I almost couldn’t believe this when I saw the article. The Verizon Cloud is shutting down for 48 hours. Apparently they have maintenance scheduled for this weekend and notified their customers that their virtual machines will be shut down early Saturday morning. There are some legacy Verizon cloud-type services that will be available, but the platform they’ve been pushing to customers will be down.
This isn’t good news for Verizon or their customers, but it also doesn’t help the cloud overall as a service. This outage reinforces the idea that reliability isn’t necessarily better for vendors than individuals. If costs for the cloud are anywhere near that of on-premise hosting, this event would certainly make me think twice about moving anything really important in my organization to a single cloud vendor.
I suspect that most cloud vendors have outages like this, but they don’t shut down their entire clouds. When a large amount of maintenance is needed at a data center, most vendors would migrate customers to a separate data center or another part of their cloud while they perform their work. Either this mainenance is a major change to Verizon’s entire infrastructure that can’t be staged on just a part of their system, or they’ve poorly planned their architecture and maintenance.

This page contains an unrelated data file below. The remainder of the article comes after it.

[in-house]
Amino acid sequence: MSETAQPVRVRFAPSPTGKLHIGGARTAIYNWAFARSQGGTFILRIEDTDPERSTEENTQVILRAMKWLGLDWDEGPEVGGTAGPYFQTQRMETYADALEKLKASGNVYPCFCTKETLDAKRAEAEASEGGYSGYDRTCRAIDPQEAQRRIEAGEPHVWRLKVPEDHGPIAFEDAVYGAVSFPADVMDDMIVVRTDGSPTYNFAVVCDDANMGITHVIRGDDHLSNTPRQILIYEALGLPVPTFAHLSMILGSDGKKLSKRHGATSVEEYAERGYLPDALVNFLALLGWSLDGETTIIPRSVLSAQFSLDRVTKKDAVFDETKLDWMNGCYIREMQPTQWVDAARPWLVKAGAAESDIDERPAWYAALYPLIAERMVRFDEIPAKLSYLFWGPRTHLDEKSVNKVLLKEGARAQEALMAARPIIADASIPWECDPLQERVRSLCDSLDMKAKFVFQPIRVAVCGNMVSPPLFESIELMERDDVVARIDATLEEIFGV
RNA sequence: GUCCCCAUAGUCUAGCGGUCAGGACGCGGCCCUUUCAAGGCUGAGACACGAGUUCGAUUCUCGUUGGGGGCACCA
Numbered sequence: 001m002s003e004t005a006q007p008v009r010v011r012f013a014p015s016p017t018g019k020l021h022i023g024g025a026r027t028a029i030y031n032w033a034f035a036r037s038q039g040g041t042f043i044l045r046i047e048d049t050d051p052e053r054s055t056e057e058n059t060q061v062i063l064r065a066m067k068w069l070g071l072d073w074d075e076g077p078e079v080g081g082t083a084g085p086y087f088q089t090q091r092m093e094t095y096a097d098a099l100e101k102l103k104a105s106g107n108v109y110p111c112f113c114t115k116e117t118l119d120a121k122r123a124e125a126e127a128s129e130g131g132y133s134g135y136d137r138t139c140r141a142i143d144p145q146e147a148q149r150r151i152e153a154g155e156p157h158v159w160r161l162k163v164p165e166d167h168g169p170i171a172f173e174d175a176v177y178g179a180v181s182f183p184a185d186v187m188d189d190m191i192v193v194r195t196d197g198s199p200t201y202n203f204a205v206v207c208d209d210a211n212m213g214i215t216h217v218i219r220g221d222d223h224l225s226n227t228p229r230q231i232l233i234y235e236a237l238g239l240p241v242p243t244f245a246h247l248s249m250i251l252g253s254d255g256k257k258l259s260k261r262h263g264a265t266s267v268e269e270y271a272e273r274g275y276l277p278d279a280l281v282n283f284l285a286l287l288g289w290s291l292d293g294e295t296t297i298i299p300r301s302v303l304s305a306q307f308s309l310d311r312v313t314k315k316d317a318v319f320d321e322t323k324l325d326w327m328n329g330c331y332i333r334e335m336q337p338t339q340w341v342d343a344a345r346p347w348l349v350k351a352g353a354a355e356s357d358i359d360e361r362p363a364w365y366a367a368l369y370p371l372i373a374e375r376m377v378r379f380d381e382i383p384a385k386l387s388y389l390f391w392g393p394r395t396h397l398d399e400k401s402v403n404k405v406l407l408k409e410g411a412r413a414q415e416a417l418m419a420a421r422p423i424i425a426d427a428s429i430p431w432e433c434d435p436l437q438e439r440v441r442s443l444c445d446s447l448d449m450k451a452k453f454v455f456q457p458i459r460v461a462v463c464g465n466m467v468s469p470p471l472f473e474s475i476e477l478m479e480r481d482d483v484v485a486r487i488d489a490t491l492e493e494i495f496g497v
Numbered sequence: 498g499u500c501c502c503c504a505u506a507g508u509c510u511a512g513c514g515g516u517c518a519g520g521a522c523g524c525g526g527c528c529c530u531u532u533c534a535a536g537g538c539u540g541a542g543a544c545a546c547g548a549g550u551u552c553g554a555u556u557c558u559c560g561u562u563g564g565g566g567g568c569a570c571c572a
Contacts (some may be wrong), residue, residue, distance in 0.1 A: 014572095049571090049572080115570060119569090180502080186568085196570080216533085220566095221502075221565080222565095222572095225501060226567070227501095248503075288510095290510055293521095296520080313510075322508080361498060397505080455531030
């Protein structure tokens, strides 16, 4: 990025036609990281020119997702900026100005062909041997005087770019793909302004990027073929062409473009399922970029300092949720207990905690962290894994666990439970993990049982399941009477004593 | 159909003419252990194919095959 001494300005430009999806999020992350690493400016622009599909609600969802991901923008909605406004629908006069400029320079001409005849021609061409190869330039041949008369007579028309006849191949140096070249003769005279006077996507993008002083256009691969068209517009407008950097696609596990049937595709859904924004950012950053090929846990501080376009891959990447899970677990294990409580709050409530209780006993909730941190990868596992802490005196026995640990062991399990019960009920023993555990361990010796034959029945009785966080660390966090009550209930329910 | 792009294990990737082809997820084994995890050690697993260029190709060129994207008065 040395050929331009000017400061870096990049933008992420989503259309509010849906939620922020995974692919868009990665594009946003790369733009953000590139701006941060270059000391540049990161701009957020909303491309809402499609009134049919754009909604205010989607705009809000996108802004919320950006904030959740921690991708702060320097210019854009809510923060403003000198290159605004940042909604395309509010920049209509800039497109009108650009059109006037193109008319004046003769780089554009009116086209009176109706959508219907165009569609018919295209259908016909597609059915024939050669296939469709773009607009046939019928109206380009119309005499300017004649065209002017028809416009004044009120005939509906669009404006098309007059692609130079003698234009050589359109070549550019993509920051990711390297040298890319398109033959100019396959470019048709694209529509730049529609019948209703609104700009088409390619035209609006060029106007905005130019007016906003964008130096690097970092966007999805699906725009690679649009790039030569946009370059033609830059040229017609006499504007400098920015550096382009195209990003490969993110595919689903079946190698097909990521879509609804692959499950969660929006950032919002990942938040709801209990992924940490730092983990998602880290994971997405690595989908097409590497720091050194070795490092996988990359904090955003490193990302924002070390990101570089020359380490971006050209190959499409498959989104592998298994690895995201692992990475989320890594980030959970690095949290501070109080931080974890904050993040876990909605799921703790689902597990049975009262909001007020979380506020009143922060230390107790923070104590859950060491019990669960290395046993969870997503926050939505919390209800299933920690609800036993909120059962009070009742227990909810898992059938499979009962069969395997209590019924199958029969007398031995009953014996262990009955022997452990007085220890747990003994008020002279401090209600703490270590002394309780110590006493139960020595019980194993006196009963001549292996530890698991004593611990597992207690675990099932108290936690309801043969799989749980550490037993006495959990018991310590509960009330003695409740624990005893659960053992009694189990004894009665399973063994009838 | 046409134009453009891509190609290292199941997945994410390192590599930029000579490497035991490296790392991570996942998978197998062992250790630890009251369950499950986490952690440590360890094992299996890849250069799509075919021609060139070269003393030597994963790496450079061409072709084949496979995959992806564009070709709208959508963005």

Either way, this weekend will certainly be a good DR test for enterprises that might have important applications hosted with Verizon. It will also be a chance to test how these clients notify their own customers of potential issues or how they respond to problems. I wouldn’t want to have an application hosted with Verizon as it would be a lot of work for me and likely a weekend away from family, but I know I’d learn a lot about how well I’ve prepared my own systems for fault tolerance.